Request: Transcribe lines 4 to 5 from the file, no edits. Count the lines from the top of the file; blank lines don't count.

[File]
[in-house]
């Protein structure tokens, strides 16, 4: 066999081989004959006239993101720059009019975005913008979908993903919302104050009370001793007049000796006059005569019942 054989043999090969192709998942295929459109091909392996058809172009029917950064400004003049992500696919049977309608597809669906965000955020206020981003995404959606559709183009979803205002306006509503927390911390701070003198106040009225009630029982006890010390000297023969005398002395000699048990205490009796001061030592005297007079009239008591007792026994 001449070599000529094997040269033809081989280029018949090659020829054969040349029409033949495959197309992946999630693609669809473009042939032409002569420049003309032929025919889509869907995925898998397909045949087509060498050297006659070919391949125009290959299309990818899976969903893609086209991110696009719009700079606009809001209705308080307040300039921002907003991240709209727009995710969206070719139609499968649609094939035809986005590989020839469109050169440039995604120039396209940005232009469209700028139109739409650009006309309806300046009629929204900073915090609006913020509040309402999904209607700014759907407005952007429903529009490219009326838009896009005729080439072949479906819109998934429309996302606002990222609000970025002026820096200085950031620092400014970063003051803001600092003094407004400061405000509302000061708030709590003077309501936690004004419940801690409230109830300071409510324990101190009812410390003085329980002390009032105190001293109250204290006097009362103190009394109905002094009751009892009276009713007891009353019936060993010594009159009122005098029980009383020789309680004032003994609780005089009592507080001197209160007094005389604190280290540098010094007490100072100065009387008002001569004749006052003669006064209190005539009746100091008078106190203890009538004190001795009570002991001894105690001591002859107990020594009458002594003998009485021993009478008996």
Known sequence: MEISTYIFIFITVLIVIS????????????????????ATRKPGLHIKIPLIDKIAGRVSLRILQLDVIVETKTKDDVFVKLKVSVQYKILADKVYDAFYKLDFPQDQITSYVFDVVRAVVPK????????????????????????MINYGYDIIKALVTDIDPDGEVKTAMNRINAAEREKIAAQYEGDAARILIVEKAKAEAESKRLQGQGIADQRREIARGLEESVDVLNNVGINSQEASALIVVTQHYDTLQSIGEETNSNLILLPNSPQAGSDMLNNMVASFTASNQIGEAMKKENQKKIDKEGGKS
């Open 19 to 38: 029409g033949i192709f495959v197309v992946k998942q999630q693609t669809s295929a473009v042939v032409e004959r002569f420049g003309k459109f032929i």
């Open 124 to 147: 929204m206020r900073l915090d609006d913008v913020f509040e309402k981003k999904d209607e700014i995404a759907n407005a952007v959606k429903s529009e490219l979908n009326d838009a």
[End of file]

């Open 19 to 38: 029409g033949i192709f495959v197309v992946k998942q999630q693609t669809s295929a473009v042939v032409e004959r002569f420049g003309k459109f032929i």
């Open 124 to 147: 929204m206020r900073l915090d609006d913008v913020f509040e309402k981003k999904d209607e700014i995404a759907n407005a952007v959606k429903s529009e490219l979908n009326d838009a």